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2009 Aprilia RSV4 Factory First Ride

Friday, April 10, 2009
Theres no doubting the RSV4 is small  but you can still squeeze on even if youre a six-footer like Neevesy  although if youre any bigger it might start to get uncomfortable. Pegs are high but the 845mm tall seat position is too. Smaller riders fit  and look  better.
Our friend Michael Neeves from Motorcycle News UK got an early go on the ultra-compact Aprilia RSV4 superbike.
Not even grey skies, rain and a sodden Misano race track can dampen MCN’s excitement for Aprilia’s new £14,999 RSV4 Factory. We’ve waited a long time to ride the Italian firm’s dazzling new V4 superbike, which cost 25 million Euros and three and a half years to develop, but it’s been worth it.

We’ll have to wait a little longer to ride it in anger in the dry, but even in soaking conditions, it’s clear this is shaping up to be one of the best superbikes ever built.

A slightly damp Senior road tester, Michael Neeves, tells us the five reasons why:

V4 Power Delivery

Riding in the wet is something usually to be tolerated rather than enjoyed, but I loved every drenched, visor-steamed moment on the RSV4 Factory in the rain at Misano, which makes slippery Donington look grippy in the wet. When the chequered flag came out to signal the end of each of our riding sessions I could’ve cried.

The Pirelli racing wets had a lot to do with this, as did the softened Ohlins suspension to suit the conditions, and the beautifully responsive chassis. But the main reason I was having so much fun is down to Aprilia’s new 999.6cc 65-degree V4 engine, the jewel in the RSV4’s crown.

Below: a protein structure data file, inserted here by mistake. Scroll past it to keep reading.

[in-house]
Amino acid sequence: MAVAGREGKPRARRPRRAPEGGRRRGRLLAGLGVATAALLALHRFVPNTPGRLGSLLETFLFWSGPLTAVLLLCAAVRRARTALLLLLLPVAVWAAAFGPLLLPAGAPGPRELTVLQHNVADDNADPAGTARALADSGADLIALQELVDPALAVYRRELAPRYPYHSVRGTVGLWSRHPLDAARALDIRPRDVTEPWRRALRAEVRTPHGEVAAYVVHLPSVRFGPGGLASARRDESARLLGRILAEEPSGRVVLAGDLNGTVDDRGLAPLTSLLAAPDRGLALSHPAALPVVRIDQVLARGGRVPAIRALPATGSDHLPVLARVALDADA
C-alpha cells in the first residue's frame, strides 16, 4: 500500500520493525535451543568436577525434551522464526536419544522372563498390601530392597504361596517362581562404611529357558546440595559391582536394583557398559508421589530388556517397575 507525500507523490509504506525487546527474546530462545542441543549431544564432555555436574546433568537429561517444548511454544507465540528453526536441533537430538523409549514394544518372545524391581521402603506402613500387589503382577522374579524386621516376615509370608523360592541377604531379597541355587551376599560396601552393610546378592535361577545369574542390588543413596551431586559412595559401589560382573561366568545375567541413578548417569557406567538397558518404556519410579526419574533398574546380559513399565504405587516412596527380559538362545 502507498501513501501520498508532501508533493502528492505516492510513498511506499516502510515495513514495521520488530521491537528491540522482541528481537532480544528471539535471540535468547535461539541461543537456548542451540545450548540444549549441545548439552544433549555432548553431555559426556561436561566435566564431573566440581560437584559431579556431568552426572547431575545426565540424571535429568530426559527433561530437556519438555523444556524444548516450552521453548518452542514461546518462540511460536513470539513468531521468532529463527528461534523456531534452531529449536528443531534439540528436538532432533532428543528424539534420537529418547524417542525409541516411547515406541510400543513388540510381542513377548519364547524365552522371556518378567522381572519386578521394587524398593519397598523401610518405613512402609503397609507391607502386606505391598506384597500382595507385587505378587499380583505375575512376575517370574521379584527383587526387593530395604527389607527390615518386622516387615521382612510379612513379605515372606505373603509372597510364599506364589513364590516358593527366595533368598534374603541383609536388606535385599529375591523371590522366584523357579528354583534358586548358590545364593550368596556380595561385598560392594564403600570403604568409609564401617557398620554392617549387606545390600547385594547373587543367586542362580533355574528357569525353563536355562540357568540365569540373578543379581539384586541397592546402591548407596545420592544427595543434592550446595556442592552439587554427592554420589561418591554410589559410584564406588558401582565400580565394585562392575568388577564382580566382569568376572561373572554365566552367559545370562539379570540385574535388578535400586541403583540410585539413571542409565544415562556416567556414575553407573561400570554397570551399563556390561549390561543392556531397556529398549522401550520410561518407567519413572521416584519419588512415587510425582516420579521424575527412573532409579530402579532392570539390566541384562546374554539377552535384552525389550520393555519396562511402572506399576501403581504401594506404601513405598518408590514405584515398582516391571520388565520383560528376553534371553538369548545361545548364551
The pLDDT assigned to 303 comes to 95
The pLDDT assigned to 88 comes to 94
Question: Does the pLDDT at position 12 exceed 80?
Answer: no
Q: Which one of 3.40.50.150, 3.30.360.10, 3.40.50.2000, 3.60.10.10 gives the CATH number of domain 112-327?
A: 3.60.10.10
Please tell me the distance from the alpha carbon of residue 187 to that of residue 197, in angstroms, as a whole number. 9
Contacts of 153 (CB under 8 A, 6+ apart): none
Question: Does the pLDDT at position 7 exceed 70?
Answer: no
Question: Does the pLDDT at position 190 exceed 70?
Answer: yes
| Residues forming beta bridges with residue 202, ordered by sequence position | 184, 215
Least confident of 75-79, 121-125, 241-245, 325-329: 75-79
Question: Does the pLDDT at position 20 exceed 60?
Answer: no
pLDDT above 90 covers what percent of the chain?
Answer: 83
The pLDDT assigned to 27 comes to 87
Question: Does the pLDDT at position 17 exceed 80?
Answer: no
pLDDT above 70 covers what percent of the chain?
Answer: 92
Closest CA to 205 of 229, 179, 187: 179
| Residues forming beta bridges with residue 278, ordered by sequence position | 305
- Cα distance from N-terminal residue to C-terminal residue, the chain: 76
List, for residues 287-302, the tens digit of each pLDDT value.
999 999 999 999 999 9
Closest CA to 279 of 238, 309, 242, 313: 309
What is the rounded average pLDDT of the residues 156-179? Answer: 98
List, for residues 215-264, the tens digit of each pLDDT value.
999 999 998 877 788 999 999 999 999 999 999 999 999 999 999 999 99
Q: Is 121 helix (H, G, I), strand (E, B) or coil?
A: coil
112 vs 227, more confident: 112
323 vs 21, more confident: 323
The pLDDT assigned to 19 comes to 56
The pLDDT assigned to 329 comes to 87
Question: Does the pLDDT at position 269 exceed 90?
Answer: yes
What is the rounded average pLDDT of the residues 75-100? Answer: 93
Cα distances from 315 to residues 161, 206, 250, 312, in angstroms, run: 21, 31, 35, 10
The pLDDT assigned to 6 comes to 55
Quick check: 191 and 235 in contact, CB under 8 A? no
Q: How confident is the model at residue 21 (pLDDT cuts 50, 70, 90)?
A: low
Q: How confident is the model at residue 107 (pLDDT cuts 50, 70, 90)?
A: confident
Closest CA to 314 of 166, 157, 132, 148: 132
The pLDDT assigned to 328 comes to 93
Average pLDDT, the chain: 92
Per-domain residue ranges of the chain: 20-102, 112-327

Pile into a slippery turn  bang down through the gears and the RSV4s slipper clutch removes most of the engine braking and prevents rear wheel lock-up on all but the most slippery sections.
Six-foot tall Neeves just manages to squeeze on the tiny RSV4. Smaller riders fit, and look, better. 
The V4 Aprilia is as friendly and easy to ride in the conditions as a Suzuki SV650, but with the straight line speed a FireBlade would be proud of.

With the medium of the three engine maps selected, getting on the throttle out of a corner and feeling for grip in the wet is easy. I’m not tensing up, waiting for a big bang of power to come crashing in like with a conventional Inline-Four or big, brutal V-Twin. Everything seems to happen in slow motion, thanks to the RSV4’s linear torque curve and seemingly lazy power delivery.

Off the throttle it’s the same story. Pile into a slippery turn, bang down through the gears and the RSV4’s slipper clutch removes most of the engine braking and prevents rear wheel lock-up on all but the most slippery sections.